Concert Parties: Movers and shakers – Part 2

Haere mai and welcome to the second blog in our ‘Te Whare Tapere to Kapa Haka and Māori Concert Party’ series. You can find Part One here.

Urban migration was the driver for the formation of pan-tribal groupings such as Ngāti Poneke (1936), Te Rōpū Manutaki (1969), Anglican Māori Clubs formed under the leadership of Kingi Ihaka at Wellington and then Auckland,  and Te Kotahitanga o Waitaha was established early 1980s.

The Ngāti Poneke Concert Party in 1950:

Some of the entertainers of the Ngati-Poneke Concert Party. From Rangiatea Centennial Celebration souvenir, page 25. March 1950.
‘Some of the entertainers of the Ngati-Poneke Concert Party’. From Rangiatea Centennial Celebration souvenir, page 25. March 1950. [Ephemera of octavo size relating to Maori. 1950-1954]. Ref: Eph-A-MAORI-1950-01-25. Alexander Turnbull Library, Wellington, New Zealand. /records/23236654
Watch video of Ngāti Poneke performing at the NZ Polynesian Festival in 1981 in Avondale, Auckland:

Strong tribal groups were established in Tokomaru Bay, 1939. Tokomaru Bay waiata and the mahi of Tuini Ngawai are retold/performed by Ngā Taikura o te Hokowhitu a Tū in this video from Taikura Kapa Haka 2022 — watch online at the link below:

Ngā Taikura o te Hokowhitu a Tū – Taikura Kapa Haka 2022

Tuini Ngawai founded Te Hokowhitu-a-Tū Concert Party in 1939 — a ropū which assisted Apirana Ngata to recruit soldiers for 28 Māori Battalion. Her most famous waiata was Arohaina mai e te Kingi Nui (1940) which became the unofficial hymn for the Māori Battalion:

Arohaina mai e te Kingi Nui on YouTube

Watch this programme from TVNZ’s Waka Huia archive (Oct 5 1997), about Māori composers Tuini Ngawai and Ngoi Pewhairangi — this is Part two of a two-part profile, and focuses on the establishment of Te Hokowhitu-a-Tu cultural party and the history of its activities throughout the years:

Ngoi Pewhairangi, niece of Tuini Ngawai was a member of Te Hokowhitu-a-Tū Concert Party. Read more:

Ngoingoi Pēwhairangi : an extraordinary life / Ka’ai, Tania
“This bilingual text is a celebration of Ngoi’s life through the testimonies of many people who knew her.” (Catalogue)

Read this E-Tangata article on Dalvanius Prime:

E-Tangata — “Dalvanius – no one-hit wonder”

And watch the Poi e music video over at Te Ara:

Dalvanius Prime and Pātea Maori Club — ‘Poi e’

From the article:

Dalvanius Prime worked the Australian club circuit in the 1970s as Dalvanius and the Fascinations, and formed a production company called Maui Records in New Zealand in 1983. From then he concentrated on Māori music. His best-known song, ‘Poi e’, was the result of a collaboration with East Cape writer Ngoi Pēwhairangi and was intended to make Māori children feel proud of their ethnicity. It was sung by the Pātea Maori Club to an infectious break-dance rhythm, successfully fusing traditional Māori culture with up-to-the-minute urban sounds. The song was in the New Zealand music charts for 22 weeks in 1984, including four weeks at number one. It re-entered the charts in 2010, popularised by the movie Boy.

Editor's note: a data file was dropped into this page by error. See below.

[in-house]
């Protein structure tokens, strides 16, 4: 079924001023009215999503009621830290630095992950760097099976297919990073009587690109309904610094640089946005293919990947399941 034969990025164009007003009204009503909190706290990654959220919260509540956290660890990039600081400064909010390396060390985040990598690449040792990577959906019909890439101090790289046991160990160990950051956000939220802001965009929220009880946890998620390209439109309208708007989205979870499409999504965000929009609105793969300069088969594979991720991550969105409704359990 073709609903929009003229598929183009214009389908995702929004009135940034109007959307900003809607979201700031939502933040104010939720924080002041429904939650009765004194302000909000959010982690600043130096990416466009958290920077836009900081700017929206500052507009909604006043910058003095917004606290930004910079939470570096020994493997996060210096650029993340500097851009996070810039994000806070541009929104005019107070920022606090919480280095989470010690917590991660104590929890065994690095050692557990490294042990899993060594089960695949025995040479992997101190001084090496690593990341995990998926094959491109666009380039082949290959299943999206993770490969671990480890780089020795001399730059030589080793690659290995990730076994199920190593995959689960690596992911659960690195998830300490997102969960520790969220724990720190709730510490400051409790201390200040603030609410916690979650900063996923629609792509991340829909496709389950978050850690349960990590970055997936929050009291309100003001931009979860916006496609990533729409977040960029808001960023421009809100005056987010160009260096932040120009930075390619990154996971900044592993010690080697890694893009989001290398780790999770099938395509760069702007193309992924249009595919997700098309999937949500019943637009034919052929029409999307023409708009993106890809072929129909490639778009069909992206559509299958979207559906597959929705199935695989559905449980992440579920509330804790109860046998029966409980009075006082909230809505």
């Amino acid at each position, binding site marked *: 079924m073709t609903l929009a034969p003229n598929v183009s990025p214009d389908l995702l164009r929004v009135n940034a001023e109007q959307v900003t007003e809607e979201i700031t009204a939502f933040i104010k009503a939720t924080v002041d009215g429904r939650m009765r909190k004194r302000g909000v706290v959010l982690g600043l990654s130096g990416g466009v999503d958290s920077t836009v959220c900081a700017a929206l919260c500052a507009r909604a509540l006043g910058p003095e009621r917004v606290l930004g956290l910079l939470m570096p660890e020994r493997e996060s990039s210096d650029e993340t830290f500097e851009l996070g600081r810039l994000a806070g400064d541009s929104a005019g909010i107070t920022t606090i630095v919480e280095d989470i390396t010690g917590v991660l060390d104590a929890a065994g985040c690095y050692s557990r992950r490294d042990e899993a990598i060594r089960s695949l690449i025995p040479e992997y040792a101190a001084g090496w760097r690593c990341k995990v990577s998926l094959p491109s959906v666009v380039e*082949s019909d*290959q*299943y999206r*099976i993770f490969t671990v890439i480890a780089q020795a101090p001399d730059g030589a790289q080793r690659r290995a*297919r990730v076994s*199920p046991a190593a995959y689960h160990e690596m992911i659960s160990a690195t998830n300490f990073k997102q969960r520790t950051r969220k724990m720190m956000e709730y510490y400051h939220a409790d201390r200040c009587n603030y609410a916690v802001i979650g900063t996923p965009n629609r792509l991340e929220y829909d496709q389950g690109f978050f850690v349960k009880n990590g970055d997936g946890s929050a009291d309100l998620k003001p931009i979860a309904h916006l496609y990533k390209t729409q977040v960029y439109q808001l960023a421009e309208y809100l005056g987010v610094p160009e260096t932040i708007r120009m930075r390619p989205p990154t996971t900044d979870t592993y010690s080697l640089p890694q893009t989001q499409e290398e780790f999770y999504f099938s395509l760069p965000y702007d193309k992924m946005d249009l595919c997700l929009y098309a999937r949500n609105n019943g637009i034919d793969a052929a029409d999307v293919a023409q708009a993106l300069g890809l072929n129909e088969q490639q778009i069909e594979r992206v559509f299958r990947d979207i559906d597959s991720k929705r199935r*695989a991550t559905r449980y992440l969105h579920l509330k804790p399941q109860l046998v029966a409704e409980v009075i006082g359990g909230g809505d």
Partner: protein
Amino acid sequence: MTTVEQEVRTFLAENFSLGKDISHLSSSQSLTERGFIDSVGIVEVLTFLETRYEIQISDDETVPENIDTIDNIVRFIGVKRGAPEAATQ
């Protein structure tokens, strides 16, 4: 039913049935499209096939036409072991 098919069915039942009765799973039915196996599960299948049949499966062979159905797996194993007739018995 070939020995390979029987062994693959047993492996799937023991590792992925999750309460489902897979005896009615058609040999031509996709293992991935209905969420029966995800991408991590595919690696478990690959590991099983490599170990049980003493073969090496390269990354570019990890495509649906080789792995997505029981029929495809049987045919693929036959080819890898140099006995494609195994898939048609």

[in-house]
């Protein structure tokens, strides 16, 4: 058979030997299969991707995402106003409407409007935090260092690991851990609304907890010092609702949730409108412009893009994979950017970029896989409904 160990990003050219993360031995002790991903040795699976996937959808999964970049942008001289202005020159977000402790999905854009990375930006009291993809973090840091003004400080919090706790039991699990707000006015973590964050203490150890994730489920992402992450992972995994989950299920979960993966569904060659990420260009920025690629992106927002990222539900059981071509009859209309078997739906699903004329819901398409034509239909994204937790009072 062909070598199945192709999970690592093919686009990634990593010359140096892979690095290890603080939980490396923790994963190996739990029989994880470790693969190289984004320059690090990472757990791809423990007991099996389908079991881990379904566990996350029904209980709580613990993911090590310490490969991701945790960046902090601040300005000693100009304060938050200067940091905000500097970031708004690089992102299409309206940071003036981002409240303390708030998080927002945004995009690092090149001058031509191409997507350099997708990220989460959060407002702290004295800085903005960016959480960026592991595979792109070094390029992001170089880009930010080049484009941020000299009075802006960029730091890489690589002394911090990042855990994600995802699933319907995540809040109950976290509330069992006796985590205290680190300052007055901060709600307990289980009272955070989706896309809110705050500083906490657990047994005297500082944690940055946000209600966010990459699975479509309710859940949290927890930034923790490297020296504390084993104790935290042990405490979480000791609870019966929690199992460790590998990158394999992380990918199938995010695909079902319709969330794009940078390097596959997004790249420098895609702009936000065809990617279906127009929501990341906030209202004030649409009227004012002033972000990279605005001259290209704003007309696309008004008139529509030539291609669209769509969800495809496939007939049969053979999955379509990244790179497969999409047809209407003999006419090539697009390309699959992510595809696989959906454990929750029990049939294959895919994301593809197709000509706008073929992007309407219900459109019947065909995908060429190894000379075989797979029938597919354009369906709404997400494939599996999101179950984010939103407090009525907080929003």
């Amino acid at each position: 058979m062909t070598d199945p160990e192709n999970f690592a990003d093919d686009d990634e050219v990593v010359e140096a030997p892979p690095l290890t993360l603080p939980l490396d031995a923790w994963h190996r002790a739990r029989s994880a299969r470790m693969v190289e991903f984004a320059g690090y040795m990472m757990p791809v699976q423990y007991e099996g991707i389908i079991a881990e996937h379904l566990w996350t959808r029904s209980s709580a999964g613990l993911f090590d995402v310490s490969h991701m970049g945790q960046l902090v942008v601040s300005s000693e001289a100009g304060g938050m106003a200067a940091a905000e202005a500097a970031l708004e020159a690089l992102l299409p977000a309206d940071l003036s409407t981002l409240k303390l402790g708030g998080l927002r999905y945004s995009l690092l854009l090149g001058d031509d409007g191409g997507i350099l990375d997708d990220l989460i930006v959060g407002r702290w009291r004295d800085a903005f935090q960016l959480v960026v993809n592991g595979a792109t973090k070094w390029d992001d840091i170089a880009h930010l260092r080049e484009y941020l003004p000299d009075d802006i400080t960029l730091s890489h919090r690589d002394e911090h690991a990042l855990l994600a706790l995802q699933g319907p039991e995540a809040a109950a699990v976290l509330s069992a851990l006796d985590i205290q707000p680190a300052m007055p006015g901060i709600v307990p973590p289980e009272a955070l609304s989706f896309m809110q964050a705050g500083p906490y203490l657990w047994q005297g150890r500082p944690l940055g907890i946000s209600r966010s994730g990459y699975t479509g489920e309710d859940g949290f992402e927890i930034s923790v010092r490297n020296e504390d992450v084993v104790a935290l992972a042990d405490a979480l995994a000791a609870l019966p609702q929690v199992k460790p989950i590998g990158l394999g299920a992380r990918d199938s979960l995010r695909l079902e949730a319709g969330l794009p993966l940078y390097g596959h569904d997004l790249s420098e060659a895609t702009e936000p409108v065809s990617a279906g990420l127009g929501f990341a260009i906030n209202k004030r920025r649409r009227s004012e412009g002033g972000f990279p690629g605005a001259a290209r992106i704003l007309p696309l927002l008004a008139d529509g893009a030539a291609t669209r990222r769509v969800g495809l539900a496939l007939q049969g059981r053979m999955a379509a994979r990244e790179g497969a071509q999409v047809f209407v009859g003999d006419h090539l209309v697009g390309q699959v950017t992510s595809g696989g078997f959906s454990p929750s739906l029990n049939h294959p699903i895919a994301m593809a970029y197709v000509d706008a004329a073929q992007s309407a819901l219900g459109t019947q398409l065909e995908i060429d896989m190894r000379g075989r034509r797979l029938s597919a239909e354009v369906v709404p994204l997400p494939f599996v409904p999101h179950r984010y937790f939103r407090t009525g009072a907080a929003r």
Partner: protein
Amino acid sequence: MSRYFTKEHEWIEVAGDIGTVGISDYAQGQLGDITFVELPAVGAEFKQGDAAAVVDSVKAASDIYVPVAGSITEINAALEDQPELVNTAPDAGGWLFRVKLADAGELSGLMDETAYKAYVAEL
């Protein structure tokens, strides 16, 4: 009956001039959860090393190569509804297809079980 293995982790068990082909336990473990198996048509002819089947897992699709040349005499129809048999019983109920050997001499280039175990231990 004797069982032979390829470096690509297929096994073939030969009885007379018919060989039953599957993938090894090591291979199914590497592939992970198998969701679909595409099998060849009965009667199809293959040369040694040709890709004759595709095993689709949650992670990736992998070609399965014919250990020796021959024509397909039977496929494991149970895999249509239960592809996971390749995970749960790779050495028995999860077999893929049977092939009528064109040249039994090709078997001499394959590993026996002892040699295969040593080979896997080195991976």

Here is an interview with Dalvanius Prime on the making of Poi E (interview was recorded in 2003):

Waihīrere Māori Club formed in Gisborne, (Bill Kerekere), in 1951. Watch Waihīrere Māori Ki Koroneihana Turangawaewae Ngaruawahia on YouTube:

In 1952 Ngāpō (Bub) Wehi became a member of the Waihirere Cultural Group. Read:

Ngapo Wehi – the man who made kapa haka mainstream

Ka mau te Wehi = Taking haka to the world : Bub & Nen’s story / Wehi, Ngapo
With over a century of combined experience in Maori song and dance, leading teams and teaching, Ngapo and Pimia Wehi, affectionately known as Bub and Nen, are recognised as New Zealand’s foremost leaders in this ever-expanding arena, having won six national kapa haka championships, twice as the leaders of The Waihirere Maori Club (1965-1981) and four times with Auckland kapa haka team Te Waka Huia (1981-2011). [… This book] tells the story of Bub and Nen, a loving dedicated couple who taught a generation of Maori how to live the ideals of whanau (family) and hold fast to their cultural identity through participating in kapa haka, one of the biggest and most popular areas of Maori cultural growth to emerge in the last 30 years.” (Catalogue)

Leave a Reply

Your email address will not be published.